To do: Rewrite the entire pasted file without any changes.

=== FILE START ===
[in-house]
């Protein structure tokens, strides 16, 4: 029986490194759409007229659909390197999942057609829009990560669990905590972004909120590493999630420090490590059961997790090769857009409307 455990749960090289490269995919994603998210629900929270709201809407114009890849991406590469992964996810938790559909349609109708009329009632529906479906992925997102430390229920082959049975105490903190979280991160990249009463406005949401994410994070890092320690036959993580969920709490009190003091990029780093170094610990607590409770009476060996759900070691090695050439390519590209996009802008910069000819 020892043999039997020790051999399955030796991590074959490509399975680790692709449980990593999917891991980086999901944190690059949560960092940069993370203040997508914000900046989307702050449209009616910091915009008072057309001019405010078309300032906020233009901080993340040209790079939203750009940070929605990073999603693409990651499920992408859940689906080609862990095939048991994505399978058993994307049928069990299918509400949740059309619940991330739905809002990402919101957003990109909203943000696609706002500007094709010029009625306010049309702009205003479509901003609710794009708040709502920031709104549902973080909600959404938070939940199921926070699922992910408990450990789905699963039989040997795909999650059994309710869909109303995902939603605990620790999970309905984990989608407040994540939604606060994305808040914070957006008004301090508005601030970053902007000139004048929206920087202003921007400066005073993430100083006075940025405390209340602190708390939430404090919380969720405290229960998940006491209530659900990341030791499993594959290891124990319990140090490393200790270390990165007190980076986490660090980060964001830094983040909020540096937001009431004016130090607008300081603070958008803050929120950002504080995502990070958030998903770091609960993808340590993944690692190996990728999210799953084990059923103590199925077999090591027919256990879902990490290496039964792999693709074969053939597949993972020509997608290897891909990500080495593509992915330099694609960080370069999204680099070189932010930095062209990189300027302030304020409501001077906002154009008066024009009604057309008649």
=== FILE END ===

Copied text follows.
[in-house]
């Protein structure tokens, strides 16, 4: 029986490194759409007229659909390197999942057609829009990560669990905590972004909120590493999630420090490590059961997790090769857009409307 455990749960090289490269995919994603998210629900929270709201809407114009890849991406590469992964996810938790559909349609109708009329009632529906479906992925997102430390229920082959049975105490903190979280991160990249009463406005949401994410994070890092320690036959993580969920709490009190003091990029780093170094610990607590409770009476060996759900070691090695050439390519590209996009802008910069000819 020892043999039997020790051999399955030796991590074959490509399975680790692709449980990593999917891991980086999901944190690059949560960092940069993370203040997508914000900046989307702050449209009616910091915009008072057309001019405010078309300032906020233009901080993340040209790079939203750009940070929605990073999603693409990651499920992408859940689906080609862990095939048991994505399978058993994307049928069990299918509400949740059309619940991330739905809002990402919101957003990109909203943000696609706002500007094709010029009625306010049309702009205003479509901003609710794009708040709502920031709104549902973080909600959404938070939940199921926070699922992910408990450990789905699963039989040997795909999650059994309710869909109303995902939603605990620790999970309905984990989608407040994540939604606060994305808040914070957006008004301090508005601030970053902007000139004048929206920087202003921007400066005073993430100083006075940025405390209340602190708390939430404090919380969720405290229960998940006491209530659900990341030791499993594959290891124990319990140090490393200790270390990165007190980076986490660090980060964001830094983040909020540096937001009431004016130090607008300081603070958008803050929120950002504080995502990070958030998903770091609960993808340590993944690692190996990728999210799953084990059923103590199925077999090591027919256990879902990490290496039964792999693709074969053939597949993972020509997608290897891909990500080495593509992915330099694609960080370069999204680099070189932010930095062209990189300027302030304020409501001077906002154009008066024009009604057309008649």